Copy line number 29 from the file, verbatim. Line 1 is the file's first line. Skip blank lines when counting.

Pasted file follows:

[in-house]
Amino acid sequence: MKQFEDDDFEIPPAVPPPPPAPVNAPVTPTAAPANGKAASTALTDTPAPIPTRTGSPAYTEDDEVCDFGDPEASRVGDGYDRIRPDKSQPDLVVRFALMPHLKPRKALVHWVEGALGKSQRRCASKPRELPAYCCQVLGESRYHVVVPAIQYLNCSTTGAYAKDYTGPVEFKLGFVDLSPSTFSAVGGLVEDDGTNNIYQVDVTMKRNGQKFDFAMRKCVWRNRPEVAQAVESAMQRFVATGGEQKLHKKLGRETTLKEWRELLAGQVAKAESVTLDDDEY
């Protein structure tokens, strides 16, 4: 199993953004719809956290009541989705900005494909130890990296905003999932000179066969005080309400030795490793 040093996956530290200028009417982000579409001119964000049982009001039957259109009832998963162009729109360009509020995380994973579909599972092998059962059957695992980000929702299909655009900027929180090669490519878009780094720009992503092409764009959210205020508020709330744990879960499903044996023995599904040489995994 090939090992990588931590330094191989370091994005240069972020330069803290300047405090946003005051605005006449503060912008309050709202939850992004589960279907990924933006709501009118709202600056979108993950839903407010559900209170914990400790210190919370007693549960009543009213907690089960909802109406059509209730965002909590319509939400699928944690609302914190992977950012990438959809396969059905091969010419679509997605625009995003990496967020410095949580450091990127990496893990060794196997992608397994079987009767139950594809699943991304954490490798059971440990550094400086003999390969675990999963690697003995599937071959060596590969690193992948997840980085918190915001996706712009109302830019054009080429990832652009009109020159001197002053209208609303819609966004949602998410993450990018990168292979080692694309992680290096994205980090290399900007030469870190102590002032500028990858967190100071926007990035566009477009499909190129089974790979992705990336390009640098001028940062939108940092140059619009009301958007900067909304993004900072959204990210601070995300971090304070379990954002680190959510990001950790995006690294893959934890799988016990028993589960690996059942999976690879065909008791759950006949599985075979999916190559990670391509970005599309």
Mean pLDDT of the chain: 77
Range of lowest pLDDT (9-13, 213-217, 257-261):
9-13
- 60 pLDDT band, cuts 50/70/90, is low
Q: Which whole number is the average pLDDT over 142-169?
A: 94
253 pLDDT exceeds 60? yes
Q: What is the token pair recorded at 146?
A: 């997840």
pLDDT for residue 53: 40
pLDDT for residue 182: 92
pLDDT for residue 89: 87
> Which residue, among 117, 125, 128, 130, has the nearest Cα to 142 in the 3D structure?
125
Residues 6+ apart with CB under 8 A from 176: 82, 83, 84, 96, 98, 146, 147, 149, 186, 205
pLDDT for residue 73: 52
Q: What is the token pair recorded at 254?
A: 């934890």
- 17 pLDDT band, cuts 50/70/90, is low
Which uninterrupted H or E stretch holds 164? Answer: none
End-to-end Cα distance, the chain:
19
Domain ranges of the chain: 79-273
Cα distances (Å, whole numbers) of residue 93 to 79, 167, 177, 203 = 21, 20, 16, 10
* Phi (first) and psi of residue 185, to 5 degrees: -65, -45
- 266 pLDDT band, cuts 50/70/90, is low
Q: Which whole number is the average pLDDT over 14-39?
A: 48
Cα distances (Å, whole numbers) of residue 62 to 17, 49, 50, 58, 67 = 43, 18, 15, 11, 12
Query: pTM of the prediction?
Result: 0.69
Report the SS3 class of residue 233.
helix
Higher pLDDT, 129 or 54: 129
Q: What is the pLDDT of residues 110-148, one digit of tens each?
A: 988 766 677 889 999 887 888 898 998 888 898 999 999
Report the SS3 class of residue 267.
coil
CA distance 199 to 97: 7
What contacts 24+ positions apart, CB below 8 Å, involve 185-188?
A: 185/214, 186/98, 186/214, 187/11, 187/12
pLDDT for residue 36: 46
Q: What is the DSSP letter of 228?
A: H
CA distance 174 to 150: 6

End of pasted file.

- 266 pLDDT band, cuts 50/70/90, is low